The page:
- Maker’s Mark is aged for about 6-7 years
- Jack Daniels is aged for roughly 4-7 years
Of course, the exact process of how the whiskies are made varies quite a bit. We won’t dive into too many specifics there as it’s a lengthy topic to cover. Anyways, the above list is some of the notable differences of Maker’s Mark vs Jack Daniels whiskey. Let’s break this down a bit below.
Kentucky Bourbon vs Tennessee Whiskey
Kentucky whiskies are often known as bourbon whiskey. They’re made from a mash that contains no less than 51% corn. It’s a sweeter grain and often adds a much sweeter note and flavor. Most bourbons are aged for at least 4 years in new oak barrels, as is the case with Maker’s Mark.
Tennessee whiskey is actually recognized by US law as its own type of alcohol. It must be a straight-bourbon whiskey, but a specific process sets Tennessee whiskey apart from bourbon. It goes through a process known as the Lincoln County Process. This is named after Lincoln County, Tennessee – the location of Jack Daniels distillery at the time of its introduction.
Anyways, the Lincoln County Process involves steeping (filtering) the whiskey through charcoal chips. Jack Daniels makes crafts their own charcoal by means of a 2,000 degree fire. The whiskey is then slowly dripped through 10 feet of this hard sugar maple charcoal.
Jack Daniels vs Maker’s Mark Aging Process
These two whiskies are both aged to taste rather than aged to a specific date or timeframe. Meaning, both Jack Daniels and Maker’s Mark taste and test every barrel of whiskey. As such, this is really more a similarity than it is a difference. The exact aging time does vary, though.
Maker’s Mark is typically aged for about 6-7 years while Jack Daniels is believed to be 4-7 years. Aging to taste ensures a consistent, quality product every time. This sets them apart from many other distilleries who age to date, which doesn’t always create a consistent product. Consistency and quality are likely two major factors as to why Maker’s and Jack are such well known whiskies.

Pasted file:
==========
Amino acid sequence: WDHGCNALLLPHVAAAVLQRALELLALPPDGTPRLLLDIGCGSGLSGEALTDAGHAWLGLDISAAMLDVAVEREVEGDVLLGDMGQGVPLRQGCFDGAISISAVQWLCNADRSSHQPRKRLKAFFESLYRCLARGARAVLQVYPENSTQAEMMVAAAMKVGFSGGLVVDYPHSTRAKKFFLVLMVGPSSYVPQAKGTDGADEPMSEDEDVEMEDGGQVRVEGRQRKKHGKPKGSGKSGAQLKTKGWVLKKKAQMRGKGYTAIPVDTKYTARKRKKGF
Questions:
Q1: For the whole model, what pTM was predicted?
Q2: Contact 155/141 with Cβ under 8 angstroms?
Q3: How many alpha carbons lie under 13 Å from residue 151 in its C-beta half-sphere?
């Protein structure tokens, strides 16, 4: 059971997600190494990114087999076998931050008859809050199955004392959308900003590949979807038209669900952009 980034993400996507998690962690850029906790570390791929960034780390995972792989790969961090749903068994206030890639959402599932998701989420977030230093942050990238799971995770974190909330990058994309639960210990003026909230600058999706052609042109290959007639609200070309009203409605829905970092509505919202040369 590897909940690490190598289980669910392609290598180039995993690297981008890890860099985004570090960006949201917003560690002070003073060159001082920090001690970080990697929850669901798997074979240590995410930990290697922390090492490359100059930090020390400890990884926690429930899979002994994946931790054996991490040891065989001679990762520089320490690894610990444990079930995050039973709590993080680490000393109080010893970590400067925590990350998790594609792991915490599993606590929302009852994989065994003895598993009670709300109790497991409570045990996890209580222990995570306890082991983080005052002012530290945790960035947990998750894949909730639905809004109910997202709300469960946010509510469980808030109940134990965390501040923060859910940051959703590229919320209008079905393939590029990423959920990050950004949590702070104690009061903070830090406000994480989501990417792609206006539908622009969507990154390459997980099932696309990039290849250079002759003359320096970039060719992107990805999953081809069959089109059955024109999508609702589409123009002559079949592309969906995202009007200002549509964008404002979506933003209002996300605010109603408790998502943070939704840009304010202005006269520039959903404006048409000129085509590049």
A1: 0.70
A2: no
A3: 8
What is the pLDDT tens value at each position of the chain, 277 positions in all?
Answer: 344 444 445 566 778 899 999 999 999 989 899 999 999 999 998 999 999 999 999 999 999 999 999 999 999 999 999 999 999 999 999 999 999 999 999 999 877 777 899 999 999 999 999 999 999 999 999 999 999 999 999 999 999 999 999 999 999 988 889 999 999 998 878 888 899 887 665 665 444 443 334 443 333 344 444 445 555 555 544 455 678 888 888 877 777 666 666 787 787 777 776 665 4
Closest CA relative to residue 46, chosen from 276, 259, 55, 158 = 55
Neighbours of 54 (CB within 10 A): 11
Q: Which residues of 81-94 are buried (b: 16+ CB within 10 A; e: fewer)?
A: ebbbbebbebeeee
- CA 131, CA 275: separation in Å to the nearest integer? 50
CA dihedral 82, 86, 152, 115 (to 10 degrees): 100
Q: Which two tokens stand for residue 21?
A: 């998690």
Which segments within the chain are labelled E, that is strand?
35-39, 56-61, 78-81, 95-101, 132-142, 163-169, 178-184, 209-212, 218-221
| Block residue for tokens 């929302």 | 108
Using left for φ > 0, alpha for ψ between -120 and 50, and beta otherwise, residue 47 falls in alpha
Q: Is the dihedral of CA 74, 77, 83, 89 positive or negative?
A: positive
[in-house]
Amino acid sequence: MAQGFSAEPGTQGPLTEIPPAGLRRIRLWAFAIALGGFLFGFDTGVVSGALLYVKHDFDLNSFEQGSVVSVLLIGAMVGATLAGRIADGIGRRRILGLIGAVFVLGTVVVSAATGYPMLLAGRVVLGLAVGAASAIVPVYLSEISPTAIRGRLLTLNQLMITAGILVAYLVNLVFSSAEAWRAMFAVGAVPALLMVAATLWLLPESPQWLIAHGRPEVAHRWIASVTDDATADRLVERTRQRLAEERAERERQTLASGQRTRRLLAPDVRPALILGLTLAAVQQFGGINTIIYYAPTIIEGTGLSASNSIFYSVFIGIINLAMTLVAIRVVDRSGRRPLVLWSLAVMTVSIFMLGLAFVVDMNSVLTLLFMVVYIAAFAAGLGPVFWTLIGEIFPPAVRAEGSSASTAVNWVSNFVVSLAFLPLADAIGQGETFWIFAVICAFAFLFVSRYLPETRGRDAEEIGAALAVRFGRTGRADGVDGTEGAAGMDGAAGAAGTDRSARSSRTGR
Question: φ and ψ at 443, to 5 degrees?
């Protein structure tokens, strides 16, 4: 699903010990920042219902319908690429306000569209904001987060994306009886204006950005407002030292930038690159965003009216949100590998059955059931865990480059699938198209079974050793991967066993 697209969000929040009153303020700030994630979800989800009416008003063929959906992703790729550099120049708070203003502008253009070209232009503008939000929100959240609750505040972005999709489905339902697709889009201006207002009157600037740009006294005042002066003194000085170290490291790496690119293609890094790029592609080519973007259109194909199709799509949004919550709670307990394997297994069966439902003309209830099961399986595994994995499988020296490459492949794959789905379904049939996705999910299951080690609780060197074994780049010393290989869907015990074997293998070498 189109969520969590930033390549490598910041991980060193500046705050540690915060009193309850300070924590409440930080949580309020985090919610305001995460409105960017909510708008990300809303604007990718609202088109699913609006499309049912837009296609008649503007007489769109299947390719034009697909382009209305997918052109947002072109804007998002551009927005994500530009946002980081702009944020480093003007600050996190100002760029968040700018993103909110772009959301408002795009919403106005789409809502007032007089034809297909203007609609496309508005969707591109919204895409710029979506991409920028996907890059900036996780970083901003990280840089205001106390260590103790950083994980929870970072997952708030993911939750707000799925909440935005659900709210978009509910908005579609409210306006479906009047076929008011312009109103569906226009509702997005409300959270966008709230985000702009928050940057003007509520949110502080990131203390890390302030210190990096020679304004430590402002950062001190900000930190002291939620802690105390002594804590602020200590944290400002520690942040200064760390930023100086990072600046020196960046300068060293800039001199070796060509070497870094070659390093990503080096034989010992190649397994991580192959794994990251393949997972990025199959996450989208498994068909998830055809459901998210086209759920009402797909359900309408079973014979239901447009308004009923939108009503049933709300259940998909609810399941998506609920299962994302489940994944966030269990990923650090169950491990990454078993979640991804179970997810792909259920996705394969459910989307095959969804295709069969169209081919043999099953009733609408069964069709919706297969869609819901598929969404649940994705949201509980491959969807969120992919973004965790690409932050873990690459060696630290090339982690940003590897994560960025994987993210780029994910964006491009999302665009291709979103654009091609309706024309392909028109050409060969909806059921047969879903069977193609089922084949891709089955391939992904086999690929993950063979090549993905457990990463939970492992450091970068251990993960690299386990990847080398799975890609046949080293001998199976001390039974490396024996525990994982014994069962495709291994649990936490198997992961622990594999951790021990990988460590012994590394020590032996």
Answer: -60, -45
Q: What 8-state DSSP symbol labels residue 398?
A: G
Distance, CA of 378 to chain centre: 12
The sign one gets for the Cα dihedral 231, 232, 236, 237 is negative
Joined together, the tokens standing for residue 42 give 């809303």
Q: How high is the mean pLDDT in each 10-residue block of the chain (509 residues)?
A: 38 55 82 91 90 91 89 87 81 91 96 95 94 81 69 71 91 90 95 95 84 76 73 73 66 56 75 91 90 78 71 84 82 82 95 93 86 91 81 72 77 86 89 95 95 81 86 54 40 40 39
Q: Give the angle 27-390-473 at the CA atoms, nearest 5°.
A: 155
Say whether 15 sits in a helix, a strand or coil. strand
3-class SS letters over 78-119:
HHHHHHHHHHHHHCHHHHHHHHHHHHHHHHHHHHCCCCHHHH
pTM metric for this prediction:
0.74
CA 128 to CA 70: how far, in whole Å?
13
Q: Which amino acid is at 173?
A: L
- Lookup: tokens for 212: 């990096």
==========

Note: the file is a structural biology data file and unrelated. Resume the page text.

Jack vs Maker’s Taste
This is probably the information most are looking for when comparing Maker’s Mark vs Jack Daniels. We now know a little about the history of Jack vs Maker’s and how they’re made. It’s time to discuss the taste, aroma, and finishes of Maker’s Mark vs Jack Daniels. Without further ado, let’s jump right in.
Jack Daniels Tasting Notes
Below are some tasting notes for Jack Daniels Tennessee whiskey:
Aroma – Smooth, Woody, Fruity Hints
Taste – Caramel, Vanilla, Oak, Fruit
Finish – Sweet & Toasty Oak
Maker’s Mark Tasting Notes
First, let’s look at the tasting notes for Maker’s Mark and then do some further analysis and discussion:
Aroma – Woody Oak, Caramel, Vanilla, and Wheat
Taste – Sweet & Balanced. Fruity, Caramel, and Vanilla
Finish – Smooth & Subtle
Summary of Maker’s Mark vs Jack Daniels Taste
Typically, a Tennessee whiskey comes off a bit sweeter than bourbon whiskey. A large part of this is due to the Lincoln County Process while using sweet charcoal. As is the case with Jack Daniels and their sugar maple charcoal steeping. However, Maker’s also has a sweet flavor thanks to use of red winter wheat instead of the usual rye.
Maker’s Mark vs Jack Daniels both have notes of caramel and fruit. We think the oak notes are a bit stronger with Jack Daniels, but some may pick up the oak flavor in Maker’s too.
Ultimately, both whiskies offer similar aromas, taste, and finish. They’re a bit different in the way they go about it, and they each certainly have their own unique tastes. Not everyone has the same sense of taste, so some may pick up stronger or weaker notes from either whiskey.
Maker’s Mark vs Jack Daniels – Which Is Better?